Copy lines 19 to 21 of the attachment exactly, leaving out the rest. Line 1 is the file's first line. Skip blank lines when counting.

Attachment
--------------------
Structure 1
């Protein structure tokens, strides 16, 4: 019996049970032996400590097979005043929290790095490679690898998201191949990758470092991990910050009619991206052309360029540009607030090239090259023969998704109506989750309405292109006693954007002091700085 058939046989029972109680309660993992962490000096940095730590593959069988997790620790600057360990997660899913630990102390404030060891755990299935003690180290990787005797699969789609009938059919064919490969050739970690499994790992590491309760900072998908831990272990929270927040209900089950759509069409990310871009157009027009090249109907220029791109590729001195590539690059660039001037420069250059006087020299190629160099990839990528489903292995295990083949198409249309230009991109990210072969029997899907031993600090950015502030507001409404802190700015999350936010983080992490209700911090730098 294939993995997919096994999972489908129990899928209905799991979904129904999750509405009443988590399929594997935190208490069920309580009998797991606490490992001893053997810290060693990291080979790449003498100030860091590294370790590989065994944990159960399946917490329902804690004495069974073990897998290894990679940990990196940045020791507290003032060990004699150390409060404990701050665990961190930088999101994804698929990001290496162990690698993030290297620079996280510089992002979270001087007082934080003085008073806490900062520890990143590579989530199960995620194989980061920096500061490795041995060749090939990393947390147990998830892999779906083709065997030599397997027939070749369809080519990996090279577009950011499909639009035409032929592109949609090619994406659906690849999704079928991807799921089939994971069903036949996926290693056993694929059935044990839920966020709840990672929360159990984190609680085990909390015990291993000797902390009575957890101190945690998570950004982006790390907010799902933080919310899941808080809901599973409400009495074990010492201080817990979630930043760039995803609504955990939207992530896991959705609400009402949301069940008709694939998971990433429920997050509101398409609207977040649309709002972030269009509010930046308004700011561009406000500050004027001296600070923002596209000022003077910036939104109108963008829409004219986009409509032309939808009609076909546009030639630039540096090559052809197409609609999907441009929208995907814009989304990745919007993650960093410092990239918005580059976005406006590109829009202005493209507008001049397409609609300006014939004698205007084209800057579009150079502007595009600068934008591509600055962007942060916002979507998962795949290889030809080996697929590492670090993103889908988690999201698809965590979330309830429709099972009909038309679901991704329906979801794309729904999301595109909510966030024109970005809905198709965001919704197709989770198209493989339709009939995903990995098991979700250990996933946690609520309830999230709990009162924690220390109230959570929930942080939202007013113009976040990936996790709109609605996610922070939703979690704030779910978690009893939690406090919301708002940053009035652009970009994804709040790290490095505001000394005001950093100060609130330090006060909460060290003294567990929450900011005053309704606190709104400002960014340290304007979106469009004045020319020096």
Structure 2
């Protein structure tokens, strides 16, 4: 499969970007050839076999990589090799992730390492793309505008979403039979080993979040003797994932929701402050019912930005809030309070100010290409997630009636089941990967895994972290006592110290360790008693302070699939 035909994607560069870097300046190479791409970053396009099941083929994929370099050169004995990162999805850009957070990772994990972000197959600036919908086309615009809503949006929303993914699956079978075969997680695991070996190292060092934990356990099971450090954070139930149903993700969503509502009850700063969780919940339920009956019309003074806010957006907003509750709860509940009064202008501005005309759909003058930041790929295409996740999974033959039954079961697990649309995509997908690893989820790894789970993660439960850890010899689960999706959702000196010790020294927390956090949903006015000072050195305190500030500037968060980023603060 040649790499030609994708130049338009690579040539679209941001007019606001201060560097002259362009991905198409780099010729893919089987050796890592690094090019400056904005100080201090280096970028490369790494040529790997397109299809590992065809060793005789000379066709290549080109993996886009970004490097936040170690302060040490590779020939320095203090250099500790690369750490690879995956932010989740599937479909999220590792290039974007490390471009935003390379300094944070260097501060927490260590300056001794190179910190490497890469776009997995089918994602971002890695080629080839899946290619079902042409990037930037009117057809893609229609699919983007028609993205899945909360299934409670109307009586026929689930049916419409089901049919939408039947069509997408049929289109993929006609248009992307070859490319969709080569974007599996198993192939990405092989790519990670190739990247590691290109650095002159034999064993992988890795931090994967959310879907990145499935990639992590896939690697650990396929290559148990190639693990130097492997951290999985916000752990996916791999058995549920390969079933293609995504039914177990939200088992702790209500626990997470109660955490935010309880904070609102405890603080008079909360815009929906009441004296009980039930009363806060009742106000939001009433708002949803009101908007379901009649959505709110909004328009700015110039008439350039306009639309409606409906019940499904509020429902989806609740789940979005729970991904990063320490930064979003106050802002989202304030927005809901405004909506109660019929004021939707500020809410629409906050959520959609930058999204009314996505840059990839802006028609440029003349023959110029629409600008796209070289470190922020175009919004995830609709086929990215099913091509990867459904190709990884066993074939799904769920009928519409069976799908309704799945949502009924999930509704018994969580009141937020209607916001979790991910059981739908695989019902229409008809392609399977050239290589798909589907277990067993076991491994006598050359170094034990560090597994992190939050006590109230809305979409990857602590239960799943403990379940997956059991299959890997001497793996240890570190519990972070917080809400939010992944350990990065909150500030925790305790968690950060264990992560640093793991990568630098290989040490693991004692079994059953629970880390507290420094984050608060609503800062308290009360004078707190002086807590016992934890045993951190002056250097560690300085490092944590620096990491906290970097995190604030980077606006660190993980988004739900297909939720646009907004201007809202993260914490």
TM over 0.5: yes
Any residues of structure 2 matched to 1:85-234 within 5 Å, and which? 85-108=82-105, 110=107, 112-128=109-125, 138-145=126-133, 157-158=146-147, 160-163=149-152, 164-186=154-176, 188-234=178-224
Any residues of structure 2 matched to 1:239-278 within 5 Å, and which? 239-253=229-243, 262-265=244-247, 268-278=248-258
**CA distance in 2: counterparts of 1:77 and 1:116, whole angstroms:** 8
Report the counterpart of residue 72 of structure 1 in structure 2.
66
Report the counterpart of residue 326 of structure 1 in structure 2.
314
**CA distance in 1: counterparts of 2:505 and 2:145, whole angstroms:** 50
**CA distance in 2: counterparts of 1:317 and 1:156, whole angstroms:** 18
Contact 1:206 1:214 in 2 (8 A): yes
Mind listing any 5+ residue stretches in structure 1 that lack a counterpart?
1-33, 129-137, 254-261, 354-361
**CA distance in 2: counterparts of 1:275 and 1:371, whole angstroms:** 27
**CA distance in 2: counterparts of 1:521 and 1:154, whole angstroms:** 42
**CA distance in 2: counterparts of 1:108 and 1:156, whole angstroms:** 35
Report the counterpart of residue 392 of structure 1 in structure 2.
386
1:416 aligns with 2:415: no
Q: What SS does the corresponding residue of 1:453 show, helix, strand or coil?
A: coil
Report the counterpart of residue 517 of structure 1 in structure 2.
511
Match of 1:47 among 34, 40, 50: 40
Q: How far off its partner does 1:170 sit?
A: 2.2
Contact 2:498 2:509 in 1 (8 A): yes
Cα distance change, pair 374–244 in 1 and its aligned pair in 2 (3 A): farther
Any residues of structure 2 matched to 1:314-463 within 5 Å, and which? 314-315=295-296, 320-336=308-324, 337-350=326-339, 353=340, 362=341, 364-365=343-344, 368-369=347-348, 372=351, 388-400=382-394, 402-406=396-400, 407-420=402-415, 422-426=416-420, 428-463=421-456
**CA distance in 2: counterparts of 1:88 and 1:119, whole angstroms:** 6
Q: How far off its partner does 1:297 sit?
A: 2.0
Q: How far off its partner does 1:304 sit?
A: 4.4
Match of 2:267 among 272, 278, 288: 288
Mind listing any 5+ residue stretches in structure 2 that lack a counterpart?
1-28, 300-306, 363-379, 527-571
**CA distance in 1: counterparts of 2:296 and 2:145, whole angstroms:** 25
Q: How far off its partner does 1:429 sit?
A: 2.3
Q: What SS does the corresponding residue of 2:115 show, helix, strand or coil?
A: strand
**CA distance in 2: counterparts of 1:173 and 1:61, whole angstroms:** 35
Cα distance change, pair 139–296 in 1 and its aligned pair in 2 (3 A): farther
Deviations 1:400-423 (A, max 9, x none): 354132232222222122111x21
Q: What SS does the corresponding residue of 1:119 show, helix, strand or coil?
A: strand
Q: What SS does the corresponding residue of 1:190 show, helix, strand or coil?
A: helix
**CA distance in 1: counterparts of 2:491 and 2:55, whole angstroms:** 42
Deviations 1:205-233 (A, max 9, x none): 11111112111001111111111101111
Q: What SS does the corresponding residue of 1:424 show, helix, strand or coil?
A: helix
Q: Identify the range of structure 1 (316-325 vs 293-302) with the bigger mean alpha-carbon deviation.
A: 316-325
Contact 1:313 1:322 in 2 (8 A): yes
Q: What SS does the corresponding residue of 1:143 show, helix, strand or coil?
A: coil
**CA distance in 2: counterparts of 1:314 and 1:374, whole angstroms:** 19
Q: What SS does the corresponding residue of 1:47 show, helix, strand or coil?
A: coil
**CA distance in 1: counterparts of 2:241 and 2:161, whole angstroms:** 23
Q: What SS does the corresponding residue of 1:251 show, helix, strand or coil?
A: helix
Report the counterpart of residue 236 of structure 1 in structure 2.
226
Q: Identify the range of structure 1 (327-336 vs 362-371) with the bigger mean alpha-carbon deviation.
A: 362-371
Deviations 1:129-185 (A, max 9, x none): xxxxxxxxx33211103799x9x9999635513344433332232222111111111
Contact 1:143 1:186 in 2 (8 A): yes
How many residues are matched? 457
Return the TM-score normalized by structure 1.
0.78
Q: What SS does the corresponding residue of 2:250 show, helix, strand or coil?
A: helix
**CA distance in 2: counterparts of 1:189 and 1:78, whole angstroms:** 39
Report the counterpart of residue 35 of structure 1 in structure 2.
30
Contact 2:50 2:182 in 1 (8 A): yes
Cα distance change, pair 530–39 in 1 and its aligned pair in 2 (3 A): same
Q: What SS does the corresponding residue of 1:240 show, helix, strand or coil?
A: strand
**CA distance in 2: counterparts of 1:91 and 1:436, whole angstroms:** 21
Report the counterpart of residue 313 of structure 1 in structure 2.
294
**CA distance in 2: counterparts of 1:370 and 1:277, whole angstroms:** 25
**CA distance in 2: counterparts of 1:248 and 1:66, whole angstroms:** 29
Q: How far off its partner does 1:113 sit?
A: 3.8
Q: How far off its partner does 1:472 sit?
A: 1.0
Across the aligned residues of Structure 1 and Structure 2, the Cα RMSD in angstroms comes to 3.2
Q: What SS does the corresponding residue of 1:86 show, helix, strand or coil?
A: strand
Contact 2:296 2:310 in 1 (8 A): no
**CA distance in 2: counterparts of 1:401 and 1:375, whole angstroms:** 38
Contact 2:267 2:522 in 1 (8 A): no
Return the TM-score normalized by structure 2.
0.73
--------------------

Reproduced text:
**CA distance in 2: counterparts of 1:521 and 1:154, whole angstroms:** 42
**CA distance in 2: counterparts of 1:108 and 1:156, whole angstroms:** 35
Report the counterpart of residue 392 of structure 1 in structure 2.